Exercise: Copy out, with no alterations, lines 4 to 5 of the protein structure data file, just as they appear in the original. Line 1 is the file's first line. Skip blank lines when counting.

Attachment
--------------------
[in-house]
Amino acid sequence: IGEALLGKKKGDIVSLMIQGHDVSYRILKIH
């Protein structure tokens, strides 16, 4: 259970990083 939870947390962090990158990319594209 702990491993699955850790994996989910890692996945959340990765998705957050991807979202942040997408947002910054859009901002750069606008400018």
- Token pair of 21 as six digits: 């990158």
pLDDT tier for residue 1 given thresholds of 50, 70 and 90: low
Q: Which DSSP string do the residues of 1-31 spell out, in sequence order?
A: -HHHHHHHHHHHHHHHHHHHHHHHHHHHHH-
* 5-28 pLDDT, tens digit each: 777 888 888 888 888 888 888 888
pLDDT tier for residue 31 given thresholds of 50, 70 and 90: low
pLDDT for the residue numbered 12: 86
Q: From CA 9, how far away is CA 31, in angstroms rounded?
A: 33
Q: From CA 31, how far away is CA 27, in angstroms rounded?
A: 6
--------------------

- Token pair of 21 as six digits: 């990158």
pLDDT tier for residue 1 given thresholds of 50, 70 and 90: low